As the riders at the Vuelta a Espana enjoy the first rest day of the race in Zaragoza, we look back at the opening week of racing, analyse the attacks and defeats and study the form of the overall contenders.
Nairo Quintana (Movistar): race leader. The Colombian is the favourite who has performed the best to date, although the heat - which will continue to be a factor for at least the next few days - does not seem to do him any favours. He also nearly came a cropper in the echelons to Albacete.
The big, set-piece mountain stages with long climbs like Lagos de Covadonga and Ancares are all points in his favour, whilst Tuesday’s time trial is arguably the biggest hurdle he will face in terms of terrain. Ultimately, though, it is hard to make too many predictions about Quintana’s underlying race condition, given that up to now all he has done - and he done so very well - is follow wheels. The time trial will oblige him to put his cards on the table.
Alberto Contador (Tinkoff-Saxo): second at three seconds. Nine days ago it was unclear what kind of factor Contador, battling to rush a comeback from his broken tibia in the Tour de France, would be in the race. The answer appears is now clear: a big one.
Contador’s dramatic attack at Valdelinares did not come on the steepest or hardest summit finish of the race and the damage done to those who struggled was measured in seconds, not minutes. The time trial will prove whether racing at a sustained high level is really within his possibilities. However, his chances of winning the Vuelta have increased dramatically since Jerez de la Frontera. Just how much they have increased, remains very much to be seen.
Alejandro Valverde (Movistar): third at eight seconds. It was a hugely impressive first week for Valverde, who has shown that despite going all out in the Tour de France, is once again on track for another top five place in the Vuelta GC.
How much higher can he go? Assuming he rides as strong a time trial as teammate and co-leader Nairo Quintana (Movistar), then the defence of Quintana’s lead, as the better climber, logically should be Movistar’s top priority. But it is entirely possible that Movistar will try to go for broke and get both their riders on the final podium in Madrid. How the two inter-react, assuming their chances of victory both rise as the race progresses, could be one of the most interesting chapters of this year’s Vuelta.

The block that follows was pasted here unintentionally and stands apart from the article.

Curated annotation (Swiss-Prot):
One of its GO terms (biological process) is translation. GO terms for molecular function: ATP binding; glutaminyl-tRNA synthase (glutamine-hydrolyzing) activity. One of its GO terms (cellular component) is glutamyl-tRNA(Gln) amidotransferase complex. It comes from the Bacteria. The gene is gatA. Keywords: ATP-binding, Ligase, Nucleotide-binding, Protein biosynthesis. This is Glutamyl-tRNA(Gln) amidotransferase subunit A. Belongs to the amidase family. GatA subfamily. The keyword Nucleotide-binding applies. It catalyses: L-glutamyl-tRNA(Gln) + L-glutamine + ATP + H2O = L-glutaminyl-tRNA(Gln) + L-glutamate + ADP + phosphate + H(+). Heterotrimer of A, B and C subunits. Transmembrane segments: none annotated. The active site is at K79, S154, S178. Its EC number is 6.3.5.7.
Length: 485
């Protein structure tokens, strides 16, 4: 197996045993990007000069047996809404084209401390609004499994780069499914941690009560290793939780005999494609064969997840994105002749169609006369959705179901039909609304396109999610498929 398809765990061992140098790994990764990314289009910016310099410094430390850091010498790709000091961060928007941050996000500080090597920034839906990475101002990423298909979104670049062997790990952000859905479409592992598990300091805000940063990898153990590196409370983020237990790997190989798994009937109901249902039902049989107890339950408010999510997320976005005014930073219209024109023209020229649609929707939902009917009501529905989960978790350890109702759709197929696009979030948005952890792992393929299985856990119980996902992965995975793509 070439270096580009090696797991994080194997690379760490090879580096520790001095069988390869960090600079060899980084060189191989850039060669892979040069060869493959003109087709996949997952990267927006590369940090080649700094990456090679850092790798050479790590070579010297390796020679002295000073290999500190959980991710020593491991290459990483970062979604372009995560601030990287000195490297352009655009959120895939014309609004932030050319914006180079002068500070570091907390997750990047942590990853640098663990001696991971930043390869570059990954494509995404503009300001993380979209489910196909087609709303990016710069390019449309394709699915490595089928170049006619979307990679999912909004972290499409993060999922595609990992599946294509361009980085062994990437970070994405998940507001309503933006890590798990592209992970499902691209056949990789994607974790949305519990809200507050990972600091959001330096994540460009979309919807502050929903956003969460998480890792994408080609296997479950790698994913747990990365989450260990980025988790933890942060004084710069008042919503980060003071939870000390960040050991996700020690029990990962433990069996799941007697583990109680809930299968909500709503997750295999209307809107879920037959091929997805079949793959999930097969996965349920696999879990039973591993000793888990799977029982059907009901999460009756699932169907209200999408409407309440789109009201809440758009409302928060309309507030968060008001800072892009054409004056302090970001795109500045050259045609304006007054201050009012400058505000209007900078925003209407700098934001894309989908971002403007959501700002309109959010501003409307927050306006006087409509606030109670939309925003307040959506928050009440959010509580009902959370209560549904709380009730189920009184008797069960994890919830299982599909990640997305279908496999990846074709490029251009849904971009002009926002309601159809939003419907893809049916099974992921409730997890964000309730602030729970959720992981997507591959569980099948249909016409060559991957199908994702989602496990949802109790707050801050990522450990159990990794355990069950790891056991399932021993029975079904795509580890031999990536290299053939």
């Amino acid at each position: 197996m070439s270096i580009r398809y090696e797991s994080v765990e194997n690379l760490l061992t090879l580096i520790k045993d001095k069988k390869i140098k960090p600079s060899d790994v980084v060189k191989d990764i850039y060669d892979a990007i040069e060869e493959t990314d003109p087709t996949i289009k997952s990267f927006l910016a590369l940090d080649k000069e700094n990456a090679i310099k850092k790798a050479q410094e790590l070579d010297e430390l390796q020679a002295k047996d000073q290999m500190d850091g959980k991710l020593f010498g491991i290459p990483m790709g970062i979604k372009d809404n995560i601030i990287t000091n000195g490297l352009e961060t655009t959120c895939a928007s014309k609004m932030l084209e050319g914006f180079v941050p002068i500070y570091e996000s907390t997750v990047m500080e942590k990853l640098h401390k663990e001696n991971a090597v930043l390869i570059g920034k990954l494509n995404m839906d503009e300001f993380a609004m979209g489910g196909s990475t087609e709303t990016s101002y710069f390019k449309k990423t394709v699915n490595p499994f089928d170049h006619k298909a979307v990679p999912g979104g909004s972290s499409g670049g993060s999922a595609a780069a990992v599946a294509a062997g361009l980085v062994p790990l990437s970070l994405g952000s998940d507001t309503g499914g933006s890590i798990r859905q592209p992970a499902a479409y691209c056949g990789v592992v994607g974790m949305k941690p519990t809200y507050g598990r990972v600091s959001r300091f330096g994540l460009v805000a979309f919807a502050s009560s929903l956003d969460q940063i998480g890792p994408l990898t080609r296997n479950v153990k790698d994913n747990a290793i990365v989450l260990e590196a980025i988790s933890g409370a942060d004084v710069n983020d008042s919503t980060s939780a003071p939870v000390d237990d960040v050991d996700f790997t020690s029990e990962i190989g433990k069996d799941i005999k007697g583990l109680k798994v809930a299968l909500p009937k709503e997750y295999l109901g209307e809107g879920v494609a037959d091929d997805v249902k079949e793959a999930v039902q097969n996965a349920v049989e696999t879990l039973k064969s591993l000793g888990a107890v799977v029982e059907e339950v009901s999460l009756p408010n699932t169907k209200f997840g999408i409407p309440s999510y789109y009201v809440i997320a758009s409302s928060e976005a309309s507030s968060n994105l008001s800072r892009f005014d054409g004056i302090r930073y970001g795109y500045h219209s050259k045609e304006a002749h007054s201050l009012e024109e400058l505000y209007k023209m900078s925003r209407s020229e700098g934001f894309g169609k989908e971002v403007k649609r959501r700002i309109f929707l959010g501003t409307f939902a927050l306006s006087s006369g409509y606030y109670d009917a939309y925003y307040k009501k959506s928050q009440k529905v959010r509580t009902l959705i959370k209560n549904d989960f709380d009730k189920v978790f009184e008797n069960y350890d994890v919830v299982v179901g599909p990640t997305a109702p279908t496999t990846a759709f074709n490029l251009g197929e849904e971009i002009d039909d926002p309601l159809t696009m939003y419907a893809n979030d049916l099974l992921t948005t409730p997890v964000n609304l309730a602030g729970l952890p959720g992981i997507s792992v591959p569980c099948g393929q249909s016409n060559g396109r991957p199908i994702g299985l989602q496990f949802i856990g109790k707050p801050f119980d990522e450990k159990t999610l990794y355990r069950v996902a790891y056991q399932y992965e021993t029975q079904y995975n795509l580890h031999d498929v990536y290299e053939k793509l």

Chris Froome (Team Sky): fifth at 28 seconds. Like Alberto Contador (Tinkoff-Saxo), the Briton is on the comeback trail from injuries in the Tour de France and all the signs so far are that, like the Spaniard, Froome has strong enough underlying condition to be a key factor in the race. The big tests in this year’s Vuelta have yet to come. Yet even if he was not in superb condition at Valdelinares, there was no huge time loss. And second on the La Zubia tough ascent, ahead of Contador, is a very encouraging result.
The time trial, once again, is where it will become clearest whether Froome can remain in the mix for the Vuelta. As Quintana rightly says, Froome is the favourite for the time trial and just as after the Salamanca time trial three years, it could be the point where the Briton finds himself back in the lead.
Joaquim Rodriguez (Katusha): sixth at 30 seconds. Memories of Katusha’s disappointing team time trial result have been all but overshadowed now by Rodriguez’s ability to bridge the gap to Alberto Contador on Sunday at Valdelinares. The steep, badly surfaced uphill finish on Wednesday favours the Catalan climber the best of all the favourites and in all the fuss about Contador’s return to shape, Rodriguez has managed to fly under the radar throughout the first week. Assuming he does not lose time in Tuesday’s technical race against the clock, Rodriguez would go very fast from being one of the outside favourites to one of the top contenders.
Fabio Aru (Astana): seventh at 1:06. The Giro d’Italia podium finisher is one of the biggest mysteries in this year’s Vuelta. He is clearly on form but it is difficult to predict just how well he can do overall against such big-name opposition. However in the two Grand Tours Aru has raced so far in his career, the third week has always been his best. The technical, hilly, nature of Tuesday’s time trial could favour him enormously - to judge on past results on similar terrain like in Barolo in the Giro d’Italia this year. But so far his performance in the Vuelta has been consistent, rather than dramatic.
Rigoberto Uran (Omega Pharma-Quick Step): ninth at 1:26. A similar case to Aru. The double Giro d’Italia runner-up has yet to stick his head above the parapet with any kind of attack, and while not performing well at La Zubia’s summit finish, he has yet to loose a significant amount of time. And once again Tuesday’s technical course should suit the Colombian.
Samuel Sánchez (BMC): 13th at 1:35. Riding in heat has never been his strong point and the stages on which he is likely to shine - Covadonga and La Farrapona in his native Asturias region, are yet to come.
Dan Martin (Garmin-Sharp): 15th at 1:42. Like Sánchez, the Irishman struggled with the heat in the La Zubia summit finish but Sunday’s attack at Valdelinares was the only serious GC attack anyone had made until Contador went clear. On the up.
Alasdair Fotheringham has been reporting on cycling since 1991. He has covered every Tour de France since 1992 as well as numerous other bike races of all shapes and sizes, ranging from the Olympic Games in 2008 to the now sadly defunct Subida a Urkiola hill climb in Spain. Apart from working for Cyclingnews.com, he is also the cycling correspondent for The Independent and The Independent on Sunday.
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